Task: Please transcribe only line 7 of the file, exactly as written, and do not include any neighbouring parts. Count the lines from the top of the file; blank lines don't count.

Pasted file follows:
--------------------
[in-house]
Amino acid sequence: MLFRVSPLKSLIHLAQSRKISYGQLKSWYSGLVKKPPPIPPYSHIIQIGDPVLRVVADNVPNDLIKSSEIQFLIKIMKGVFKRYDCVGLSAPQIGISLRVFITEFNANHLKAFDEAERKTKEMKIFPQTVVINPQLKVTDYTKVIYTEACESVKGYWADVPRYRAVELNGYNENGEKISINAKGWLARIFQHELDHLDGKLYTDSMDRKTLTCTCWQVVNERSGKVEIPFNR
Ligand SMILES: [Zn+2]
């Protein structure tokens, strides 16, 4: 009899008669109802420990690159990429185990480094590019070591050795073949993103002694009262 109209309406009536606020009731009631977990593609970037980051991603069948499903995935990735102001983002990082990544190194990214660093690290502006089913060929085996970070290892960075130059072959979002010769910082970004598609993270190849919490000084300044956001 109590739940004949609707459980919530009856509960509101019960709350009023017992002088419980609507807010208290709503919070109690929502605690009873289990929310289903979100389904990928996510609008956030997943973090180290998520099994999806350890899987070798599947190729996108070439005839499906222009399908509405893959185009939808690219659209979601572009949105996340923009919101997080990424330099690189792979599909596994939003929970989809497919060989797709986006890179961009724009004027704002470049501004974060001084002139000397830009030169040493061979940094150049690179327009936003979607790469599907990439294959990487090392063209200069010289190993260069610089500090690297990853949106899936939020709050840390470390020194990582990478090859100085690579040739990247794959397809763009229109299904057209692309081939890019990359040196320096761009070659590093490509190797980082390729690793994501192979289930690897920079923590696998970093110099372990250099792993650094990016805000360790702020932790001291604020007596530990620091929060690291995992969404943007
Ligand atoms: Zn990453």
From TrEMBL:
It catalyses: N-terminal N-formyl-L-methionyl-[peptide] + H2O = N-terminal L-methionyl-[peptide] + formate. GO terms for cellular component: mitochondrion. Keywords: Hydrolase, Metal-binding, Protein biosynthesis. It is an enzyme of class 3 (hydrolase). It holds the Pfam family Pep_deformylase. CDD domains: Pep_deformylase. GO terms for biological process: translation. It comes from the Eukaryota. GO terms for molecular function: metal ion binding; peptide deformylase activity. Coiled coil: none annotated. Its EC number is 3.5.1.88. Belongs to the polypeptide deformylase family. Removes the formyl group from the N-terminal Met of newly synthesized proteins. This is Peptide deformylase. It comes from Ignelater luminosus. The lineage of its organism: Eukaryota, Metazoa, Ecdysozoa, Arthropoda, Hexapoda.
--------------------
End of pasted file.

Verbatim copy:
It catalyses: N-terminal N-formyl-L-methionyl-[peptide] + H2O = N-terminal L-methionyl-[peptide] + formate. GO terms for cellular component: mitochondrion. Keywords: Hydrolase, Metal-binding, Protein biosynthesis. It is an enzyme of class 3 (hydrolase). It holds the Pfam family Pep_deformylase. CDD domains: Pep_deformylase. GO terms for biological process: translation. It comes from the Eukaryota. GO terms for molecular function: metal ion binding; peptide deformylase activity. Coiled coil: none annotated. Its EC number is 3.5.1.88. Belongs to the polypeptide deformylase family. Removes the formyl group from the N-terminal Met of newly synthesized proteins. This is Peptide deformylase. It comes from Ignelater luminosus. The lineage of its organism: Eukaryota, Metazoa, Ecdysozoa, Arthropoda, Hexapoda.